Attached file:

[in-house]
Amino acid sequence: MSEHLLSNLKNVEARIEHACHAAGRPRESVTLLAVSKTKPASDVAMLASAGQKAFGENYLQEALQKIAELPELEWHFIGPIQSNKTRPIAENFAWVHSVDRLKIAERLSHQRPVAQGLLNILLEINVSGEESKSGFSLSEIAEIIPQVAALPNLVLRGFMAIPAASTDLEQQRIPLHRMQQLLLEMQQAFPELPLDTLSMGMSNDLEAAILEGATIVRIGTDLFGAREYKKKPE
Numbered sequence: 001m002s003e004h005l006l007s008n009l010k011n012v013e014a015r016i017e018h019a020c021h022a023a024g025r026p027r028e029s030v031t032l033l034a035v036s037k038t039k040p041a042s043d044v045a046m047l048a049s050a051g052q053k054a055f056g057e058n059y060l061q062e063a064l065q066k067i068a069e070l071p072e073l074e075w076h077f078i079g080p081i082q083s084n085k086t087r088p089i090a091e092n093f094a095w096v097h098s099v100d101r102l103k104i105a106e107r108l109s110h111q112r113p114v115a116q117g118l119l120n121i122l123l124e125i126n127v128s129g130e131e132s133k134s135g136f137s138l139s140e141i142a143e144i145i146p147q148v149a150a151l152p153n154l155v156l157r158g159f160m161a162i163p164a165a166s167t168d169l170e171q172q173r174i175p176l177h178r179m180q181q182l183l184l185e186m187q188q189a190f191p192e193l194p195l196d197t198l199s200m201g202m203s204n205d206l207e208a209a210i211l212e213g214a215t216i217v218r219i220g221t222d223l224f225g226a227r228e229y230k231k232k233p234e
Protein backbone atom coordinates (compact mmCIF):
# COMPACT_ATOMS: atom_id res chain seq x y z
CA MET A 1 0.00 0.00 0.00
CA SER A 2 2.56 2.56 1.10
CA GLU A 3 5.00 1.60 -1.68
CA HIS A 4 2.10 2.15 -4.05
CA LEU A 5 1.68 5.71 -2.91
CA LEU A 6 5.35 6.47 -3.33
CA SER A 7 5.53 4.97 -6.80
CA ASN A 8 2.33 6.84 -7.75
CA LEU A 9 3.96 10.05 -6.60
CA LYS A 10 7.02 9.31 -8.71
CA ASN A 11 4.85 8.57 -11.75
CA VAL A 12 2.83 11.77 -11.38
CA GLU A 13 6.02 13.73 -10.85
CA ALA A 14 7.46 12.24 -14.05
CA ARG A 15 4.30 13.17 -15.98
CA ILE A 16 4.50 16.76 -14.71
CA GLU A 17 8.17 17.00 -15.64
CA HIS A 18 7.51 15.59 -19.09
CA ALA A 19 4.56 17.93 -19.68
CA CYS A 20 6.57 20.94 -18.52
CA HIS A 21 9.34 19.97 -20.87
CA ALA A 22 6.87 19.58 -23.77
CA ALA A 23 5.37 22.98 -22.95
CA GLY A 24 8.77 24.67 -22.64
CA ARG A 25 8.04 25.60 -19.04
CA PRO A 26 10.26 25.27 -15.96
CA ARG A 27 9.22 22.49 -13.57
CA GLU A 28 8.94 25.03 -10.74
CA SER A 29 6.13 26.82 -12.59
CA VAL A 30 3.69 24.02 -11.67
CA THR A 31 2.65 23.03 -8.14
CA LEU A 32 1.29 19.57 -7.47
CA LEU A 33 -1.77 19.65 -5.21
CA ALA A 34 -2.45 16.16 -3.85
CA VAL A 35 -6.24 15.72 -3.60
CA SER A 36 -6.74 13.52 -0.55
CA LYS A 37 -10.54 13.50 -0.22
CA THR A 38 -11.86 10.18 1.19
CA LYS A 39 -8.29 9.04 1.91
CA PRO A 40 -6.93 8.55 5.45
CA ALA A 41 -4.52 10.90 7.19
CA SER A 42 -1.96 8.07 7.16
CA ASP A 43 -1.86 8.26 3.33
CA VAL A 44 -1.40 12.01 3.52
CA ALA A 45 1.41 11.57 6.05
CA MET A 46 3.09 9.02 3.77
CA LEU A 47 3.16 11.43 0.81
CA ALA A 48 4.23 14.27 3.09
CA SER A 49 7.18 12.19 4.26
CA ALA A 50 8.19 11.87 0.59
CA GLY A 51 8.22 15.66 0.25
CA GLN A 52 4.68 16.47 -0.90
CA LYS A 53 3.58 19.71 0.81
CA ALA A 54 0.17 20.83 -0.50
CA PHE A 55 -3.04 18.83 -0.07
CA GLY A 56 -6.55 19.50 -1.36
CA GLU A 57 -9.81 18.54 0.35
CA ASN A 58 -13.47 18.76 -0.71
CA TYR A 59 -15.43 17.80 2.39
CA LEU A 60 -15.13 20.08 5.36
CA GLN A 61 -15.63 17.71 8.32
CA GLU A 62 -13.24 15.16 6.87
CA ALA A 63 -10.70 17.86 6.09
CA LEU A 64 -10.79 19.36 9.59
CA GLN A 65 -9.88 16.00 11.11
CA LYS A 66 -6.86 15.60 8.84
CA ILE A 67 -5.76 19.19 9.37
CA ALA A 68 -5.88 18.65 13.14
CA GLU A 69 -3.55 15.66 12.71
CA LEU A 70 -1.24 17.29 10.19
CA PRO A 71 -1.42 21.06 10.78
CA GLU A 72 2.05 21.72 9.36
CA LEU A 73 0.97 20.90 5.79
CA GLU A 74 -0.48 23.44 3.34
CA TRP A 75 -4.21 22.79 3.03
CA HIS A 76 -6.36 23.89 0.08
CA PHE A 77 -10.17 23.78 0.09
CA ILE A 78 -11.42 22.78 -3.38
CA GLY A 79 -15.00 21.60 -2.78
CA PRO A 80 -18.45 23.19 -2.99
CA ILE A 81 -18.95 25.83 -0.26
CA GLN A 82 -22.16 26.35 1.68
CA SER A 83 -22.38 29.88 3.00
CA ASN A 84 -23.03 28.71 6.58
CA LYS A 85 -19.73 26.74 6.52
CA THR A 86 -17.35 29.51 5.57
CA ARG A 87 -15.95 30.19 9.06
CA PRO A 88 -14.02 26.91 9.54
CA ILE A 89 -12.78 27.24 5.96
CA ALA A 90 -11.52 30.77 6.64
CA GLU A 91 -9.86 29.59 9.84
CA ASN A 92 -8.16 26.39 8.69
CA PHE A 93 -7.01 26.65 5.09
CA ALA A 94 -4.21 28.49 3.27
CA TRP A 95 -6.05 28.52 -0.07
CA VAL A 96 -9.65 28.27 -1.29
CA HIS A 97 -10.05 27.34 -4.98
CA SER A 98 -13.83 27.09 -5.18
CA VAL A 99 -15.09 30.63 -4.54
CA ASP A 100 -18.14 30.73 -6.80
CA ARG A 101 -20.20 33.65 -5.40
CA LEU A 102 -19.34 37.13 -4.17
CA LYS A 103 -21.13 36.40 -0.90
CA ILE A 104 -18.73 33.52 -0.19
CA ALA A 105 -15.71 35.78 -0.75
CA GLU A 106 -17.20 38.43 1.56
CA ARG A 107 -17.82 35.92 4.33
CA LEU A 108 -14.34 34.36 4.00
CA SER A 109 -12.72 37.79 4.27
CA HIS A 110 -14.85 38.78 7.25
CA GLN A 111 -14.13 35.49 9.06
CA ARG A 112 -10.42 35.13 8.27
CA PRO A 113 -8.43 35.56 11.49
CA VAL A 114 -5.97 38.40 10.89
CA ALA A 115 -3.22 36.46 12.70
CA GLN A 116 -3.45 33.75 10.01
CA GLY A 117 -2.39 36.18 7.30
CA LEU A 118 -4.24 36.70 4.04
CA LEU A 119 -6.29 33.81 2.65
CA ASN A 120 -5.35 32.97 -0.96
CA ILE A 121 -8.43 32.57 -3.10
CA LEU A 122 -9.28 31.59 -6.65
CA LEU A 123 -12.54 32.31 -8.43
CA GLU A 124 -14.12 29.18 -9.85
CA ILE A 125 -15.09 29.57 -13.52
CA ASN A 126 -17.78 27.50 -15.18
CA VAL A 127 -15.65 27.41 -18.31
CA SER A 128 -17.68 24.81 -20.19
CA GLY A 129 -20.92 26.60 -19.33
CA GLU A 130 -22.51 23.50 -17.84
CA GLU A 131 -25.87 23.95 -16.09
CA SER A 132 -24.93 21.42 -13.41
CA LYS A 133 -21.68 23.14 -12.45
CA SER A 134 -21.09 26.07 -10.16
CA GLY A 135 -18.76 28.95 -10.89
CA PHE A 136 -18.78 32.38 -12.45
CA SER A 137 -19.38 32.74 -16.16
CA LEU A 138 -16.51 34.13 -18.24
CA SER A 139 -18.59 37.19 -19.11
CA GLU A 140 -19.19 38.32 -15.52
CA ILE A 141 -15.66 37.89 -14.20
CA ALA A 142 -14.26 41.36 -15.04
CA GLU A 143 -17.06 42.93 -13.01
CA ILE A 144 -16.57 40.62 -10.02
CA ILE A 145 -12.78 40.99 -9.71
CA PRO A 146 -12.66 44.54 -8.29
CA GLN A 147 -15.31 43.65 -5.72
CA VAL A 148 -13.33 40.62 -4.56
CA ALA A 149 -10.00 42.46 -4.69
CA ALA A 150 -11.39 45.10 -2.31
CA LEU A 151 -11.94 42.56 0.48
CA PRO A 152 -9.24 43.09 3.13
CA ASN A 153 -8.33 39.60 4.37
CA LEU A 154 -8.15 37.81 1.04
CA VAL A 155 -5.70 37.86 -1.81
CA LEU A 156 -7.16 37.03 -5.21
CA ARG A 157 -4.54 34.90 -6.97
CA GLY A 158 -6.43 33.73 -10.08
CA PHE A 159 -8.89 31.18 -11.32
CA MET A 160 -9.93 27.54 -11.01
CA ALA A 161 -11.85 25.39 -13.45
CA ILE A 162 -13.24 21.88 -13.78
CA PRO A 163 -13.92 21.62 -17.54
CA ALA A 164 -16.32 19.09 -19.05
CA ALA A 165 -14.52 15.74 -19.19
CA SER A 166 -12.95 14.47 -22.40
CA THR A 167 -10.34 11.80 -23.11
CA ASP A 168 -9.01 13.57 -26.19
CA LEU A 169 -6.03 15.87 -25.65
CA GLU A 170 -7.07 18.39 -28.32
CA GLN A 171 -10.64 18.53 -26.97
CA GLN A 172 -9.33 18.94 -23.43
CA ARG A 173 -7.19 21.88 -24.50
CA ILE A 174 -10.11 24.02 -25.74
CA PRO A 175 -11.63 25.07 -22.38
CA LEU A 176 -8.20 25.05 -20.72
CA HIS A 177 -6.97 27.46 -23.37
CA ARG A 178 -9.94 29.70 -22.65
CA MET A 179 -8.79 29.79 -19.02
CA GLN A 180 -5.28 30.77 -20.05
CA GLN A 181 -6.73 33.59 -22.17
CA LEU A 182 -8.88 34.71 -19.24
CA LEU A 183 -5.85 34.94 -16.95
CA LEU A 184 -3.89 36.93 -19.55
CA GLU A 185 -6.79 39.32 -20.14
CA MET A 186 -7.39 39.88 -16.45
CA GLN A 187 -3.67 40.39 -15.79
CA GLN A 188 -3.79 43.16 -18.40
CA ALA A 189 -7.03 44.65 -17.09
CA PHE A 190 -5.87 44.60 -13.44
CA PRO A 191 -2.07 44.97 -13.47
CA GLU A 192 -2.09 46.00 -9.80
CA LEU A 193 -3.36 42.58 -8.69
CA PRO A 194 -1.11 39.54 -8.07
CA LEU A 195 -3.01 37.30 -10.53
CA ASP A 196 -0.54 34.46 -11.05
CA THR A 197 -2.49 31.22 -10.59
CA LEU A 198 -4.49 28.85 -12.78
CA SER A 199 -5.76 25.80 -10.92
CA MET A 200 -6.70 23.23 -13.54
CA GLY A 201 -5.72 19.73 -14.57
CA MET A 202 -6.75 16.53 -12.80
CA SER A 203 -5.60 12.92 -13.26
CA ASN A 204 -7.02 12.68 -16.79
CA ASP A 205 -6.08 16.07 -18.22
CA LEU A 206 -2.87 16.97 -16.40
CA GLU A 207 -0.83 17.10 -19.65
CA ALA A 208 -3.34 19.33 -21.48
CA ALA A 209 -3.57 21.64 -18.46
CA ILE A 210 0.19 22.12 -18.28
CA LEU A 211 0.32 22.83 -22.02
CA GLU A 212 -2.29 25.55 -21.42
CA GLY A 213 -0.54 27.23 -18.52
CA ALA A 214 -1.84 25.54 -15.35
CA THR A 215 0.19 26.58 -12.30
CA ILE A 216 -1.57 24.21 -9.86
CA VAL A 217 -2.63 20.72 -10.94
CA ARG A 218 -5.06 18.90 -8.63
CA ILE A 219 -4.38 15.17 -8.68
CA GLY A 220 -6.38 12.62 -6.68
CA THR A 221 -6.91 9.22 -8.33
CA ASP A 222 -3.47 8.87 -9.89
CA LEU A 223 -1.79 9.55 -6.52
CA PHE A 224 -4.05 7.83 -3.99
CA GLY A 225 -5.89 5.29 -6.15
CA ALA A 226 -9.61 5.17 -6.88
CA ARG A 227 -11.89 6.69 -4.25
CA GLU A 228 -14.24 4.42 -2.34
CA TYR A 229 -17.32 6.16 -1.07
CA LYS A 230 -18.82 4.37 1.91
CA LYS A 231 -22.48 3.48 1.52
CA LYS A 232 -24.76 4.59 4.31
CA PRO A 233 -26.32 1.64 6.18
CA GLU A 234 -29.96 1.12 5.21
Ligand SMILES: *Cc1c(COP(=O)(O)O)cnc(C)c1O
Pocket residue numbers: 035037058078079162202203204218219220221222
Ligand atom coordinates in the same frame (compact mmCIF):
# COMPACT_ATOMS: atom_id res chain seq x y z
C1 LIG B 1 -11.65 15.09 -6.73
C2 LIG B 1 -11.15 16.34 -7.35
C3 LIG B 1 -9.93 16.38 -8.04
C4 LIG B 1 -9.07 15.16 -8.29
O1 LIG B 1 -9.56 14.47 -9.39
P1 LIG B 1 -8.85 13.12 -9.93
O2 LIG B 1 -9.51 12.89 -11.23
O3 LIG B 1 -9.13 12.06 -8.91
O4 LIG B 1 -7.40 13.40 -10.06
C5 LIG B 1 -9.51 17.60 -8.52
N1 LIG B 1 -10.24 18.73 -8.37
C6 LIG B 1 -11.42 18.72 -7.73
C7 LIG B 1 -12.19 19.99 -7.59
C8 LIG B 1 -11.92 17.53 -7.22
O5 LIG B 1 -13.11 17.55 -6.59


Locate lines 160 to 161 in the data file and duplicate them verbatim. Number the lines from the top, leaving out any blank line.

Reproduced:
CA VAL A 155 -5.70 37.86 -1.81
CA LEU A 156 -7.16 37.03 -5.21